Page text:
10 May, 2008

Myanmar activists demonstrated in Malaysia

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About 500 Myanmar activists demonstrated Saturday outside their country's embassy in Malaysia, demanding that Myanmar's military regime call off its constitutional referendum even as voting began despite a devastating cyclone.

The protesters, who included dozens of women and children, waved placards saying "We want democracy", "No is our vote", "Stop the junta" and "Don't hold the referendum during mourning days."

The one-hour rally was peaceful and the crowd dispersed after handing over a protest note to an embassy staff member. Dozens of riot police stood guard but took no action against the crowd.

Myanmar held a rare election on Saturday to approve a new army-drafted constitution, ignoring calls from the outside world to postpone the vote amid the devastation wreaked by Cyclone Nargis.

More than a week after Nargis (Daffodil) tore through the Irawaddy Delta, packing 190 kph (120 mph) winds that whipped up a wall of sea-water pulverizing everything in its path, aid was barely dribbling to 1.5 million increasingly desperate survivors.

The United Nations sent in three more planes and several trucks loaded with aid, though the junta took over its first two shipments. The government agreed to let a U.S. cargo plane bring in supplies Monday, but foreign disaster experts were still being barred entry.

The military government of Burma (Myanmar), in a dramatic turnaround, has offered to cooperate with the United Nations in its massive relief efforts in the cyclone-devastated country where the death toll could exceed 100,000.

"Our frustration levels have been going up and down,"

U.N.Under-Secretary-General for Humanitarian Affairs John Holmes told reporters Friday.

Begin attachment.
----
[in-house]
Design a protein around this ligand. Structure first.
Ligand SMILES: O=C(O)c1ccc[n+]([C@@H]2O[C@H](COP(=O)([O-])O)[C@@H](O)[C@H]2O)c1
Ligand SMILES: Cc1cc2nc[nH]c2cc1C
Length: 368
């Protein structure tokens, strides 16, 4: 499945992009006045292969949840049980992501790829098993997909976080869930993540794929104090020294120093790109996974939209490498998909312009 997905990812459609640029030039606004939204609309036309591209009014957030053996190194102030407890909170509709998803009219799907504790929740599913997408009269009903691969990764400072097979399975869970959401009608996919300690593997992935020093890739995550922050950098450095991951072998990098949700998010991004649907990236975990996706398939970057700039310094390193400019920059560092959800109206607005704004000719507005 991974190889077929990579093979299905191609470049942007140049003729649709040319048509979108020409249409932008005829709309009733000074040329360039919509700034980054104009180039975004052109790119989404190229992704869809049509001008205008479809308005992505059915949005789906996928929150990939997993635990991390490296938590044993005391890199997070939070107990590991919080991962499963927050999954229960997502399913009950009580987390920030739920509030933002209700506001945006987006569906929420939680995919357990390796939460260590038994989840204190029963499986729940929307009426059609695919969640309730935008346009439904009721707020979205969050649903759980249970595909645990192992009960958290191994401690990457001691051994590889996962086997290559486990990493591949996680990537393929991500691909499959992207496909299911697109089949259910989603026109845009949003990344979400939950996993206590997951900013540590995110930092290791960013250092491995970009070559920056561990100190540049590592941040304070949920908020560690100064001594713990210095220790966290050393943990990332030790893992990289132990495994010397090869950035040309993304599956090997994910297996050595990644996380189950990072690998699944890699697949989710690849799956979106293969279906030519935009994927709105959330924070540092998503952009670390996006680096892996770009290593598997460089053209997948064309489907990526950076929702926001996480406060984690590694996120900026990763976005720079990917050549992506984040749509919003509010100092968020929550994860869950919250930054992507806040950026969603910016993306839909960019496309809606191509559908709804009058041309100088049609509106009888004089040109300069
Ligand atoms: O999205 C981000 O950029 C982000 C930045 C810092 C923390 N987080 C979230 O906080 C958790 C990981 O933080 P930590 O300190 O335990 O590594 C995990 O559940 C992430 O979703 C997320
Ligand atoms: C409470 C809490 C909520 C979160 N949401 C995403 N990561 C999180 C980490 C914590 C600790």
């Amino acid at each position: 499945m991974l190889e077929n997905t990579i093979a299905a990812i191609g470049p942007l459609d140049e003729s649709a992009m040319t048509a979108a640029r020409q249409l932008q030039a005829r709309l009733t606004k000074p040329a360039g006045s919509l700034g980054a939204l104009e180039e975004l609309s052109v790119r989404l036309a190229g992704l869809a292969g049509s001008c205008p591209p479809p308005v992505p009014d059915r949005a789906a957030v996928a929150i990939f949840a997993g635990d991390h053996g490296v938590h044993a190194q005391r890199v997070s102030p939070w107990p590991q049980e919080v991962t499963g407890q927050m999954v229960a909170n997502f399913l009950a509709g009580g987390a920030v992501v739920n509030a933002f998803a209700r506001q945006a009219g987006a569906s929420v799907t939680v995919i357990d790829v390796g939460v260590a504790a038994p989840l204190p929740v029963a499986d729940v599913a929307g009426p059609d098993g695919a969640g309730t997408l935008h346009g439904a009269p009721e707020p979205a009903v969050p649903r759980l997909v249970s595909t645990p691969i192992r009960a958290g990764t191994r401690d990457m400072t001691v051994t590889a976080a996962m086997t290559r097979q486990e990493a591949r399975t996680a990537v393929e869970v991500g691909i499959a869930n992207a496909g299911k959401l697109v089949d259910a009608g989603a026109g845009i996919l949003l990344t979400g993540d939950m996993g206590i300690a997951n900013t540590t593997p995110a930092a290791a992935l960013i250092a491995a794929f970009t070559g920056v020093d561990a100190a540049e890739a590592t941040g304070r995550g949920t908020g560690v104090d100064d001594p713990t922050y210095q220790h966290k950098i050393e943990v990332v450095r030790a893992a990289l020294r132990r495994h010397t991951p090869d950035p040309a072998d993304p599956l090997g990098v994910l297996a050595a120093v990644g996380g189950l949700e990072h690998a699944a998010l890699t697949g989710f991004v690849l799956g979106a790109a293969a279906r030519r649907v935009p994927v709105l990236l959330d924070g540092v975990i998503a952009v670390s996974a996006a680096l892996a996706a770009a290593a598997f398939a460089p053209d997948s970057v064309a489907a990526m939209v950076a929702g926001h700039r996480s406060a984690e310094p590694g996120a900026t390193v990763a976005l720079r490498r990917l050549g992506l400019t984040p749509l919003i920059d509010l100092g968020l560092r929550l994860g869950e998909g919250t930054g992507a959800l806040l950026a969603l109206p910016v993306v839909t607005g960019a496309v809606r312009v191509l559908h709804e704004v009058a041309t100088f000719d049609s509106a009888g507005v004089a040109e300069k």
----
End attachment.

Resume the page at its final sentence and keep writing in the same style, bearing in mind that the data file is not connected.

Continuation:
"We were badly frustrated yesterday, we are a little less frustrated this afternoon, and we hope it will be better tomorrow," he added. "But we cannot afford to give up."

Myanmar's military regime distributed international aid Saturday but plastered the boxes with the names of top generals in an apparent effort to turn the relief effort for last week's devastating cyclone into a propaganda exercise.

State-run television continuously ran images of top generals — including the junta leader, Senior Gen. Than Shwe — handing out boxes of aid to survivors at elaborate ceremonies.

One box bore the name of Lt. Gen. Myint Swe, a rising star in the government hierarchy, in bold letters that overshadowed a smaller label reading: "Aid from the Kingdom of Thailand."

"We have already seen regional commanders putting their names on the side of aid shipments from Asia, saying this was a gift from them and then distributing it in their region," said Mark Farmaner, director of Burma Campaign UK, which campaigns for human rights and democracy in the country.

"It is not going to areas where it is most in need," he said in London.

So far, relief workers have reached 220,000 cyclone victims, only a small fraction of the number of people affected, the Red Cross said Friday. Three Red Cross aid flights loaded with shelter kits and other emergency supplies landed Friday without incident.

But the government seized two planeloads of high-energy biscuits — enough to feed 95,000 people — sent by the U.N. World Food Program. Despite the seizure, the WFP was sending three more planes Saturday from Dubai, Cambodia and Italy, even though those could be confiscated, too.



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